Don't Miss Out on Credit Card Rewards
Making the most of your credit cards starts with making smart choices around which credit cards are right for you. In addition to finding the card that best fits your needs, it's beneficial to also consider what type of rewards you could be taking advantage of.
To make sure you're not leaving money on the table, here's what to look for (and what to avoid) in credit card rewards.
Assessing Annual Fees and Waivers
To begin with, take a look at the annual fees associated with the credit cards. Some premium credit cards' annual fees can range from reasonably low to quite large. Generally speaking, premium cash back credit card fees stay under $100, but there are always exceptions.
If you're interested in a premium travel credit card, those can be pricier – with annual fees often ranging from $400 to $500 or more. When considering these kinds of cards, carefully compare their levies against their benefits packages. For frequent travelers, the $450 annual fee on an ultra-premium card might be justified if paired with an airport lounge club membership worth $500. Don't forget about annual fee waivers - many premium cards waive fees during the first year, a potentially valuable perk for new cardholders.
If you don't expect to take advantage of the most valuable benefits, opt for a low- or no-annual-fee card. Likewise, if earning rewards is your top priority, look for no-annual-fee cards with above-average rewards programs.
Other Important Credit Card Terms and Benefits
Beyond the annual fee, pay attention to key credit card terms - regular APR, the costs for cash advances and balance transfers, overdraft protection (if applicable), penalty interest, and late and returned payment fees. Look for cards with terms that align with your known spending habits.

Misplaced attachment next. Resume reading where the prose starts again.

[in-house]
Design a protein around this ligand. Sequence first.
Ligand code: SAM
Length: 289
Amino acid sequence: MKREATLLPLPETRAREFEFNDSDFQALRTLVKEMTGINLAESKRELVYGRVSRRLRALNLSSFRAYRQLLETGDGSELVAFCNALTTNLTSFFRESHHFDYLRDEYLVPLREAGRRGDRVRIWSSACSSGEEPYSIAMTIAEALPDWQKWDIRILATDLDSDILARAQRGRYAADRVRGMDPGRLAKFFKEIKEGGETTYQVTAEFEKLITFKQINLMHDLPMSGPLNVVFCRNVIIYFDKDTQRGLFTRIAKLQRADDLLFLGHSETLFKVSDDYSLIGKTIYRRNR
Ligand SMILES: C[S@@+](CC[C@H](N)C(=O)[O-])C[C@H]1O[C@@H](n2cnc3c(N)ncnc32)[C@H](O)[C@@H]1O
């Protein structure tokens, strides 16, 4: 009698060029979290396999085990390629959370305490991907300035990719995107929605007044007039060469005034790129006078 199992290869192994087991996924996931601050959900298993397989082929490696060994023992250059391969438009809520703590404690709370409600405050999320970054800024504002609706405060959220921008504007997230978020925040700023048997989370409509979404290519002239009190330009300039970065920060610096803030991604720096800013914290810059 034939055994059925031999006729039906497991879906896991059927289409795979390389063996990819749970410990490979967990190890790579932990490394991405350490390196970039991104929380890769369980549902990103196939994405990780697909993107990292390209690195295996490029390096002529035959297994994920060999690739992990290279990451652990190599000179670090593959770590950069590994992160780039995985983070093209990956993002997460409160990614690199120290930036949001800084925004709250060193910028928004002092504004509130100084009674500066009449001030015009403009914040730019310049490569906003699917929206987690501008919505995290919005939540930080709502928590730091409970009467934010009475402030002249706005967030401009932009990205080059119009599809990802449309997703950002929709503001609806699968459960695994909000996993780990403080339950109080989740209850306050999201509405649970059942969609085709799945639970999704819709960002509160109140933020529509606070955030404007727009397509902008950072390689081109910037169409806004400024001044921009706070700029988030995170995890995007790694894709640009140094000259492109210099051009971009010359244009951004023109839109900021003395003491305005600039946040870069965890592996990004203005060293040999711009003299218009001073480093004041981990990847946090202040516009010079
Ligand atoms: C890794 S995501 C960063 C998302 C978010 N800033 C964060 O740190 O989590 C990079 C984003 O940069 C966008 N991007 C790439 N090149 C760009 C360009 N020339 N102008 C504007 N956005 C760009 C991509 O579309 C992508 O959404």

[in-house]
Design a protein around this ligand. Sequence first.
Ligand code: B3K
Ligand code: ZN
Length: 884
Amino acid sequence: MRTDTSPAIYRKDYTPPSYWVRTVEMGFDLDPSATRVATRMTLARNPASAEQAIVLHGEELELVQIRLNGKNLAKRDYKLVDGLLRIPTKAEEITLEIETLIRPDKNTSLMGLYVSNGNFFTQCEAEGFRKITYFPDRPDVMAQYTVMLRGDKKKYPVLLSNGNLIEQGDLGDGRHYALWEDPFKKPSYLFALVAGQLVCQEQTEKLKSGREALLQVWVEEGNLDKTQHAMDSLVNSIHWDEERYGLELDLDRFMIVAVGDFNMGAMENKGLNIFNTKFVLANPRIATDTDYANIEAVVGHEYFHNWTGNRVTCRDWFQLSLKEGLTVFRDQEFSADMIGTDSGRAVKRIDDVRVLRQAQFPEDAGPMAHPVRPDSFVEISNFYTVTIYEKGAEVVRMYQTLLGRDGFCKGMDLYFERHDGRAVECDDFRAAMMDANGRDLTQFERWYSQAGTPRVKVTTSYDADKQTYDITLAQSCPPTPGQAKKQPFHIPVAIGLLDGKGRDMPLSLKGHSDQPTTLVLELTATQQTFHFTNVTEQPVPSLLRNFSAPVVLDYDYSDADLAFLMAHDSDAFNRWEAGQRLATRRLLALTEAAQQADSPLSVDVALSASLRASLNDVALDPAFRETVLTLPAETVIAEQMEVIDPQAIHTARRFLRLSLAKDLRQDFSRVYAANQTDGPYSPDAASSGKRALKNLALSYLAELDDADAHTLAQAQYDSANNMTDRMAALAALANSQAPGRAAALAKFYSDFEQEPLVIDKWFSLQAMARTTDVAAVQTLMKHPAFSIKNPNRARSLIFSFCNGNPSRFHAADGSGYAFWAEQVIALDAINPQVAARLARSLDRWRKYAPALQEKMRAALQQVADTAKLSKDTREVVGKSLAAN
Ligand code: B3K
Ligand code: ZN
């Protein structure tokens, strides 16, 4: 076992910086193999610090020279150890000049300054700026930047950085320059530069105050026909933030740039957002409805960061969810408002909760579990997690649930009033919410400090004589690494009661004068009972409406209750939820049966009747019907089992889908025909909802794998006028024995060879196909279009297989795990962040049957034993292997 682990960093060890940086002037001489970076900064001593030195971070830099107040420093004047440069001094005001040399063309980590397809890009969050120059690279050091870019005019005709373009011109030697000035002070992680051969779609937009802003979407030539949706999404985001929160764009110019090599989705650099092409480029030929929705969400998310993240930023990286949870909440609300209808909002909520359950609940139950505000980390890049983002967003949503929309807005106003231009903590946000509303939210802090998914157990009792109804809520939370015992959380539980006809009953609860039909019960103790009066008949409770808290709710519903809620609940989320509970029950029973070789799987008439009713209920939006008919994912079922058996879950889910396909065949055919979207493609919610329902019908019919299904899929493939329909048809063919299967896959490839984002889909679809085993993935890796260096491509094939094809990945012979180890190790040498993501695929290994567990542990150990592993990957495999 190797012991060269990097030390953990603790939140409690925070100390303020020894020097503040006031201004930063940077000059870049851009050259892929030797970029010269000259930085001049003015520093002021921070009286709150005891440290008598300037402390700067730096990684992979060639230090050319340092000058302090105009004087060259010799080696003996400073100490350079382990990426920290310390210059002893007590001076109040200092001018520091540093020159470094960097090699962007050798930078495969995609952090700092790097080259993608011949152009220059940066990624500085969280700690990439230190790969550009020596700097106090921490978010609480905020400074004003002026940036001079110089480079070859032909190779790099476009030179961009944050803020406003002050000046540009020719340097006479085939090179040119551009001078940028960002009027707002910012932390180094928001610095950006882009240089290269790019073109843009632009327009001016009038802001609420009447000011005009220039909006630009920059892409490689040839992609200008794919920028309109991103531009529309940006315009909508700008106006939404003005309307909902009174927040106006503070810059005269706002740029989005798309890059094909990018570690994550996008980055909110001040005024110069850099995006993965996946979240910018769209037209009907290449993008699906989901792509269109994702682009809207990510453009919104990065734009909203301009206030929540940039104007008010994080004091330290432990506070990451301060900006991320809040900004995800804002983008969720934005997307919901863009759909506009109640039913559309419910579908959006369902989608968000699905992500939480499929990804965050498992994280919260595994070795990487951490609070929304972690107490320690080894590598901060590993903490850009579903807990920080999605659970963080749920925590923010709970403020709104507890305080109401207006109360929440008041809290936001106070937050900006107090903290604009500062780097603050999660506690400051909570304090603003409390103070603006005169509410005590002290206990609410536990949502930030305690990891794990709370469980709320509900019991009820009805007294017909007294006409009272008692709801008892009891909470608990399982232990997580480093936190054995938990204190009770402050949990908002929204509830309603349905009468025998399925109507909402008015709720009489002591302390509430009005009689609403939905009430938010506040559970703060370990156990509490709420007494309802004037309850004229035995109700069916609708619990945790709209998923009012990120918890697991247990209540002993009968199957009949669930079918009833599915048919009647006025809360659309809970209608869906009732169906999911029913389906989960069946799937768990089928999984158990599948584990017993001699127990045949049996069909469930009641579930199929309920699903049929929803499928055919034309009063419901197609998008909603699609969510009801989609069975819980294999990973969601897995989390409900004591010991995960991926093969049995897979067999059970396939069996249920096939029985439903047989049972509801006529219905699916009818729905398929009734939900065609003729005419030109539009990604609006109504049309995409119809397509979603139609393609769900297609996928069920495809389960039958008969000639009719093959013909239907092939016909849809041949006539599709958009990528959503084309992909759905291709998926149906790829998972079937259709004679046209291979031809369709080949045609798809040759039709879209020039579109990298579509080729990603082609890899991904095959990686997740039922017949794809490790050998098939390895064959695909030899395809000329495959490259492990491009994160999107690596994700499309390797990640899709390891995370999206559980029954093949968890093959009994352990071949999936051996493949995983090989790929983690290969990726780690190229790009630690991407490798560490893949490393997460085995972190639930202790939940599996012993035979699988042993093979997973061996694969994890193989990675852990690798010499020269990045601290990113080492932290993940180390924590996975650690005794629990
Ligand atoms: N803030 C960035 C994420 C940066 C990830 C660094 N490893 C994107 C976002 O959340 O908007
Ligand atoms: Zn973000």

Pay attention to cards' additional benefits too. Major issuers underwrite a slew of potentially valuable benefits, such as complimentary rental car protection, purchase protection, travel accident insurance, and more. Spend some time looking through the benefits statements of a few different cards to determine what's included, important limitations, and potential out-of-pocket costs.
Accumulating Rewards Points
Look for cards that accumulate unlimited rewards points on everyday purchases - such as the Key2More Rewards® credit card, which is a great example of a broad-spectrum reward credit card. You'll earn 5 KeyBank Relationship Rewards® points for every $1 spent on eligible purchases, with no monthly maximum and the opportunity to earn bonus points based on your monthly spending.
You really want your focus to be on cards with optimal rewards that suit your needs and spending habits so that you're maximizing the benefit. By doing this, the rewards will add up quickly and be extremely valuable.
Understanding Redemption Options and Terms
Spend time researching the rewards programs and terms to better understand the optimal use of your points. Look for cards with a wide range of redemption options like cash back, gift cards, airline miles or general travel loyalty program currency, travel packages and experiences, and even merchandise.
Understand the mechanics of each redemption category. For instance, many cards offer multiple cash back redemption options, such as statement credits, bank account deposits, or even mailed checks. Pay attention to the minimum redemption requirements and processing times for each.
Likewise, know how much your points will be worth at redemption. Cash back redemptions often value points at $0.01 a piece, but other options may have widely divergent valuations, for better or worse.
Last, but not least, don't let your credit card rewards expire. More than 30 percent of American credit card users fail to redeem credit card rewards before they expire, negating all of the hard work they've done to earn them.
Pay attention to expiration horizons and understand what you need to do to ensure that you don't leave money on the table. Then, add a recurring appointment to your calendar to make sure all points are redeemed before the expiration date.
Choosing a rewards credit card isn't a decision to make lightly. Instead, it's better to take your time and choose a card that's right for you.